BC Grizzly Hunting Ban Could Save Hundreds Of Bears Every Year


2 Minutes Read

The majority of locals do not support hunting (Photo: Jessica Weiller) - Media Credit:

The New Democratic Party [NDP] of British Columbia announced a ban on grizzly bear hunting in the province early this week.

The ban on hunting for meat went into immediate effect – applicable to all Non-First Nations hunters – and follows November’s ban on trophy hunting.

Of 15,000 estimated grizzlies in B.C., about 300 are killed each year – only 50 by First Nations Peoples – meaning the ban could spare upwards of 200 lives annually.

Public values

According to the NDP, the ban was prompted by a survey, which showed hunting is ‘not in line with the values’ of 78 percent of local respondants.

Wilderness Committee rep Joe Foy said: “We are grateful that the Government has finally stepped up to do what the people have asked for which is an end to this barbaric, bloody sport hunt.”

Adam Olsen, Green Party spokesman was ‘overjoyed’ by news of the ‘breakthrough.’

He said: “The results of the government’s consultation were clear and Government has listened – we couldn’t be more thrilled.”

Economic concerns

Despite general consensus, the ban is not without opposition.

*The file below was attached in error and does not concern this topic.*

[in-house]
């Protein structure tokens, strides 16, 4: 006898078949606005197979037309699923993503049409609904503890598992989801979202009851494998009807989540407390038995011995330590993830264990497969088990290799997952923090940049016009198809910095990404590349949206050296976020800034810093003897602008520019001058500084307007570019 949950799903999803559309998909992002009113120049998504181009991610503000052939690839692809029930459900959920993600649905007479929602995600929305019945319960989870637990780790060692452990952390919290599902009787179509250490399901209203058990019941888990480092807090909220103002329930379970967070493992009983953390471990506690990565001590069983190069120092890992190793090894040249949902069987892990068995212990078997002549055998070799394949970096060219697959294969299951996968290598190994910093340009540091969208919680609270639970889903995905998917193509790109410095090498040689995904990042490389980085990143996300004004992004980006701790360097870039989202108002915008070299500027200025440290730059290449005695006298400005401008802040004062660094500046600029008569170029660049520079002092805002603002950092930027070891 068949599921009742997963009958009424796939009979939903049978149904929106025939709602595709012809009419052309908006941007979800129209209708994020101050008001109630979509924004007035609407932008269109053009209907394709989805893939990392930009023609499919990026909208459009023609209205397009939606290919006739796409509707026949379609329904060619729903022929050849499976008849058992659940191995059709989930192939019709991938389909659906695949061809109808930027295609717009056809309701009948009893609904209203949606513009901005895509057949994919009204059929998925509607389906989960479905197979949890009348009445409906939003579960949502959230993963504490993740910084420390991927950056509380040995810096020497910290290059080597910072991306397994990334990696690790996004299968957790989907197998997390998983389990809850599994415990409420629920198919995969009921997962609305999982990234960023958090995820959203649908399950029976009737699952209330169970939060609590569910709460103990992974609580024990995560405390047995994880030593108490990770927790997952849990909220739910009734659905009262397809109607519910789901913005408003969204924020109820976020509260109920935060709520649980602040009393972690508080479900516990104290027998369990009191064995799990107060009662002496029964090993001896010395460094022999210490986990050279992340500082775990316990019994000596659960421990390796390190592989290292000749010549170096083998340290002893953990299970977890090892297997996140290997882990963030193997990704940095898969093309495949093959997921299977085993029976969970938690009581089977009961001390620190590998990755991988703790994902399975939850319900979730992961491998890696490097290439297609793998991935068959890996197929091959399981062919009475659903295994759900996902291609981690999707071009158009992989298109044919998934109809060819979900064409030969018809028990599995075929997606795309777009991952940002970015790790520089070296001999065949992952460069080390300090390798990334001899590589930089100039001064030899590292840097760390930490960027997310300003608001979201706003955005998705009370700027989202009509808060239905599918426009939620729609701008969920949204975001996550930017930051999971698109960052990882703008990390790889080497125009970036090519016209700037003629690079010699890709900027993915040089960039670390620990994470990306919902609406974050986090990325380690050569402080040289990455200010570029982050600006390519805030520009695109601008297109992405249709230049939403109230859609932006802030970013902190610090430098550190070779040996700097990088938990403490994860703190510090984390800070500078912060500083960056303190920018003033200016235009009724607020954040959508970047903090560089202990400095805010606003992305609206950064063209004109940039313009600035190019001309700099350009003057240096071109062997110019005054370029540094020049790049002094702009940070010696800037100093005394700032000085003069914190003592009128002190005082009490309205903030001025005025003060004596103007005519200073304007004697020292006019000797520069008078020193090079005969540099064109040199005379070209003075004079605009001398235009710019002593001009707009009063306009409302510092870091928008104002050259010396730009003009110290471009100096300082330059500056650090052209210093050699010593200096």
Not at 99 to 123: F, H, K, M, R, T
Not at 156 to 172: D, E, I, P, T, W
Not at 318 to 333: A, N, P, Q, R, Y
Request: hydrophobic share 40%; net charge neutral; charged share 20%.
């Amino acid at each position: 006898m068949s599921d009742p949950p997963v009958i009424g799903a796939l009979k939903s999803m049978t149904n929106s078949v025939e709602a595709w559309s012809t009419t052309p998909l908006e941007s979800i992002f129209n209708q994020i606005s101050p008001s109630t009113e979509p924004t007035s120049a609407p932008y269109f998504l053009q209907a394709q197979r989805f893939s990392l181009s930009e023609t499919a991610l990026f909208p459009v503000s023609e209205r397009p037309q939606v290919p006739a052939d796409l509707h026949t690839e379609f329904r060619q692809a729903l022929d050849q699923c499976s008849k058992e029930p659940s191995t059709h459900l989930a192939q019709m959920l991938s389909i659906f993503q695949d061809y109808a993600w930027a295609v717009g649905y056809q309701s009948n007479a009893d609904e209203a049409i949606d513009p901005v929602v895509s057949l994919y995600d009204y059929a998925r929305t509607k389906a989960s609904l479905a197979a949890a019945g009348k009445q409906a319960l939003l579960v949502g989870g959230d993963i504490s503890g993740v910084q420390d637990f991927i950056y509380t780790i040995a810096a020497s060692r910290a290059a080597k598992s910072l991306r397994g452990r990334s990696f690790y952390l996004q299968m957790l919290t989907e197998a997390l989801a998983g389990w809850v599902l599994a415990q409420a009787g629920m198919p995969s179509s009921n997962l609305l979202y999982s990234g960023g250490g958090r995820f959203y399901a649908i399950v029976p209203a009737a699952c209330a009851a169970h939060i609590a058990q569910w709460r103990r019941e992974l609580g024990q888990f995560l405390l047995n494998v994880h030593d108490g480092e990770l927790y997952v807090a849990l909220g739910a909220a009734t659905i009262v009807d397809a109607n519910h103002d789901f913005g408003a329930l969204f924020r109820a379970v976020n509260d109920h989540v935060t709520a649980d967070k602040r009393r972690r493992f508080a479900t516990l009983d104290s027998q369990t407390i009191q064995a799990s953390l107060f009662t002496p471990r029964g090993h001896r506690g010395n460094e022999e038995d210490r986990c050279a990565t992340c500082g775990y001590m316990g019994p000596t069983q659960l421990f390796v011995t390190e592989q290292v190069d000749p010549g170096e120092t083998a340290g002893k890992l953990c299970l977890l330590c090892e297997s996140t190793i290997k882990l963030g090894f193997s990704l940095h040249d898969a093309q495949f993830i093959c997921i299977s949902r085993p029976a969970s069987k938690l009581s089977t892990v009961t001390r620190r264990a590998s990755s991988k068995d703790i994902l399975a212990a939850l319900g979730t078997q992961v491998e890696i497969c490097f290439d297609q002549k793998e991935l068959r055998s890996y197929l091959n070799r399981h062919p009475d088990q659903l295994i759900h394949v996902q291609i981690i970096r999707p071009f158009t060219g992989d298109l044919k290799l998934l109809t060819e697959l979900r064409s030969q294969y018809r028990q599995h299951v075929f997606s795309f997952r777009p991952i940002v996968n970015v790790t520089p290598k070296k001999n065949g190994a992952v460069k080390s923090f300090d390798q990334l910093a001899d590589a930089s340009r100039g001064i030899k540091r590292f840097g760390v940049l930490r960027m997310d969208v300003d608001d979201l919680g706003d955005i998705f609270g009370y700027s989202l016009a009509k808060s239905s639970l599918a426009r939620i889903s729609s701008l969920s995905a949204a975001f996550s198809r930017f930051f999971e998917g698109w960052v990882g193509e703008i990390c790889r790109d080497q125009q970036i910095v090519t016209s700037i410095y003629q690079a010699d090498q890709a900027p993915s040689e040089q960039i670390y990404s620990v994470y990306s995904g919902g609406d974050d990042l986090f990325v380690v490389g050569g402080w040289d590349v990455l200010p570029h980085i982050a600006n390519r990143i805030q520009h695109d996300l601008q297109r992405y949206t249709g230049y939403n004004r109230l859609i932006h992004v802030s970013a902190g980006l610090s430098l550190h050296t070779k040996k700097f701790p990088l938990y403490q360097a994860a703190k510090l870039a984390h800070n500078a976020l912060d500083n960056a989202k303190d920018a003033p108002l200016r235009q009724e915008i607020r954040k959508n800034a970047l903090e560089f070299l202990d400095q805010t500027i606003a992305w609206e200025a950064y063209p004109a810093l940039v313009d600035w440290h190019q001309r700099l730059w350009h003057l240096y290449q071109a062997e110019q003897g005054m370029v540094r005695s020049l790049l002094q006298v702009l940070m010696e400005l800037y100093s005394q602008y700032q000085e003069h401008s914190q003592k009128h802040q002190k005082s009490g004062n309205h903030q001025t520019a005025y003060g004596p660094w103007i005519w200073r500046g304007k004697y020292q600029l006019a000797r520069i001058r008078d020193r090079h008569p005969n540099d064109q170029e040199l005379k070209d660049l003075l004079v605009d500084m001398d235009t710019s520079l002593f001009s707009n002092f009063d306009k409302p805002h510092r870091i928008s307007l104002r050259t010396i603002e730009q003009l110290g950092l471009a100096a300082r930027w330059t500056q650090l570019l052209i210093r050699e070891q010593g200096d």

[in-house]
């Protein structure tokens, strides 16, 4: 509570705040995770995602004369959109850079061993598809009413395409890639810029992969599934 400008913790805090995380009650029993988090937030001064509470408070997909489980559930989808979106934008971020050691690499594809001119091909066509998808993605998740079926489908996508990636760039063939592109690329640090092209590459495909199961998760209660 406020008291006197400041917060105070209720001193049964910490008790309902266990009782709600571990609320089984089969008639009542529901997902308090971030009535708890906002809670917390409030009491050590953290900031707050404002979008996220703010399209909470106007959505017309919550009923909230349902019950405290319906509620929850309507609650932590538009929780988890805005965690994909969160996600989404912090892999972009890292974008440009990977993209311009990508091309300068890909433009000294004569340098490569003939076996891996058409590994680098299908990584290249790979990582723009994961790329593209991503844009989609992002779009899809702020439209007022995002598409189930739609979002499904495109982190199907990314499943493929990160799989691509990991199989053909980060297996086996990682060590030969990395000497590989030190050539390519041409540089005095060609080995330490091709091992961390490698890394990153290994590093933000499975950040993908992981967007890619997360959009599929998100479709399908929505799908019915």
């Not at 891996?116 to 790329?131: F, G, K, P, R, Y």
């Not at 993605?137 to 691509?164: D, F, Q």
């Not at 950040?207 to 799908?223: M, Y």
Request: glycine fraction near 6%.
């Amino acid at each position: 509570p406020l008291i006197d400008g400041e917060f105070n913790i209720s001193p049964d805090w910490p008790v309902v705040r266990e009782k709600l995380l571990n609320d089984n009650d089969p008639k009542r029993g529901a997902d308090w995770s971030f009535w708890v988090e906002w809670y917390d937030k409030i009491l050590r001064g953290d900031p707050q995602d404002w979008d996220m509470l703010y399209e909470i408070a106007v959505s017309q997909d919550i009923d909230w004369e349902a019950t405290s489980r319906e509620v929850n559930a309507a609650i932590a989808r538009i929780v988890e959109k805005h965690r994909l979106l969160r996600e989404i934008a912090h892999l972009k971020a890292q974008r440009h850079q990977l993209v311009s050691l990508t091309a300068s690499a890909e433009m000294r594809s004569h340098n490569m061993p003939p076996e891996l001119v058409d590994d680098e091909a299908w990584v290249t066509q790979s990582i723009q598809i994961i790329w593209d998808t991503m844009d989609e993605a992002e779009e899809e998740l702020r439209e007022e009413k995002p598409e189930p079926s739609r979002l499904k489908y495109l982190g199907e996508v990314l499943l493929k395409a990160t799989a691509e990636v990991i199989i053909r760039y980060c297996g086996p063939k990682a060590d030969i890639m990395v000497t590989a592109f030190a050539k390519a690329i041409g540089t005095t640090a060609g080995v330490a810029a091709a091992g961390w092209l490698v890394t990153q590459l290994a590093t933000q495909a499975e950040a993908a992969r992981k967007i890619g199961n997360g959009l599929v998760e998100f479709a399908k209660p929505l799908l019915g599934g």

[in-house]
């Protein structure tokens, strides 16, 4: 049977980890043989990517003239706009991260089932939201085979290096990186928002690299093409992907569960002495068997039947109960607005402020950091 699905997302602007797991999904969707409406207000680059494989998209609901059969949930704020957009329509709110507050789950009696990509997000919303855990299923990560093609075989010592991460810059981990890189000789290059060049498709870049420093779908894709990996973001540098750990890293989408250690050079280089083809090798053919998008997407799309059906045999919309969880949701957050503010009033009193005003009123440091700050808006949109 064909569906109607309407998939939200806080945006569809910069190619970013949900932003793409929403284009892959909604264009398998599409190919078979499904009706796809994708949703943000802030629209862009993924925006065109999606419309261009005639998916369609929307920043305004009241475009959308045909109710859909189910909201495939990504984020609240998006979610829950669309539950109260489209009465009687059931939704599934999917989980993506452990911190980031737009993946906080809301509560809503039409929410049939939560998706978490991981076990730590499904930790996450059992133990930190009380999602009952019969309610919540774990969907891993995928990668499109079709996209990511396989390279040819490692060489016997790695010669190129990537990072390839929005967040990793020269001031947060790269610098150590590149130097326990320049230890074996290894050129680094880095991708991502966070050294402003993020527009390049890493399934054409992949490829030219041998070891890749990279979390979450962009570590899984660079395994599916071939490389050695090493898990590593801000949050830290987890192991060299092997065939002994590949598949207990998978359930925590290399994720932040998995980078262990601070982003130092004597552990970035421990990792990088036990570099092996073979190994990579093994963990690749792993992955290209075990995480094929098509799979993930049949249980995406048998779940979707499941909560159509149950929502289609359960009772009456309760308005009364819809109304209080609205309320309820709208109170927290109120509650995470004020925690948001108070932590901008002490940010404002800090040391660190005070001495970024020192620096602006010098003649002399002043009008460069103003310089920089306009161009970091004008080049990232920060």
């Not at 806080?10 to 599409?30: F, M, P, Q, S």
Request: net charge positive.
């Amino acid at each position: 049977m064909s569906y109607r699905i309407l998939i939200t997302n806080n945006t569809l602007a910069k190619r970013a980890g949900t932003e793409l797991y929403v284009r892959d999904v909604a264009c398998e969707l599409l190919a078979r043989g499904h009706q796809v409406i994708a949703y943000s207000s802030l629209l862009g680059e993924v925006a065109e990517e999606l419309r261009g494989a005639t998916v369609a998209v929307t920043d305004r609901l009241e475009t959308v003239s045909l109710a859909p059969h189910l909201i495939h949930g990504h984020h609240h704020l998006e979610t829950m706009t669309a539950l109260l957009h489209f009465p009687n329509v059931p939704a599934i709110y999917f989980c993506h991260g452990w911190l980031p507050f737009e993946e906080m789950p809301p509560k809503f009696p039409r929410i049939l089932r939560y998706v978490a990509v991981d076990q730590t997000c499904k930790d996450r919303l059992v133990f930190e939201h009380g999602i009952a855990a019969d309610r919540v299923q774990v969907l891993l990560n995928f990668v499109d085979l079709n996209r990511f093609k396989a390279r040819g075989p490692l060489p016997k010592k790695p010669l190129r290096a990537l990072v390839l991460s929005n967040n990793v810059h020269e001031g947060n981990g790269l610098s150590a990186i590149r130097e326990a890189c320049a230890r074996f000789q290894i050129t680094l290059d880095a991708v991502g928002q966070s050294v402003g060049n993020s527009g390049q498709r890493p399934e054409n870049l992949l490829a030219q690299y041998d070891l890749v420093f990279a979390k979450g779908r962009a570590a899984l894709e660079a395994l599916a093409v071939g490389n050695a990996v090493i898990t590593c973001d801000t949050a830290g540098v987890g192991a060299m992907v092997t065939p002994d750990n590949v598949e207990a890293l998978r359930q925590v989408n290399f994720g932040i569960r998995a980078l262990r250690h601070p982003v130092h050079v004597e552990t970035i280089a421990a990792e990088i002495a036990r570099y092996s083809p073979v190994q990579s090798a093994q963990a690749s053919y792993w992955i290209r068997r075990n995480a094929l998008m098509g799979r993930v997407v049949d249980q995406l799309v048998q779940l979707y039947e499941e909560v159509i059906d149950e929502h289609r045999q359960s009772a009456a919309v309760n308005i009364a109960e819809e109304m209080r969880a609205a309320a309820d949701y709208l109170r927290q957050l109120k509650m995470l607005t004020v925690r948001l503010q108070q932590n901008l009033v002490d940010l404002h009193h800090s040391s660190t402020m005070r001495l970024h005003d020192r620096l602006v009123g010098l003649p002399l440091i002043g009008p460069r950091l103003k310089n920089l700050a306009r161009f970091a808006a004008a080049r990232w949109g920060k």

Scott Ellis, Executive Director of the Guide Outfitters Association of B.C, maintains that the ban is a mistake – citing concerns about the profits of surrounding businesses.

However, Environment Minister George Heyman, says research suggests that viewing of the grizzlies does more for local economy than hunting them.

Ongoing efforts

Pop icon Miley Cyrus joined forces with conservation group Pacific Wild several months ago in an effort to save B.C. grizzlies – drawing attention to the cause and working closely alongside executive director Ian McAllister, who expresses further concerns for the animals.

He said: “The grizzly bear is the second slowest reproducing land mammal in North America, one that’s threatened throughout much of its natural range and habitat.”

Grizzly Bear Foundation Head Rachel Forbes, says the ban, while welcome, is one step of many.

She added: “Now the hard work on addressing all the other cumulative threats to grizzly bears, such as habitat loss and food supply, has to begin.”

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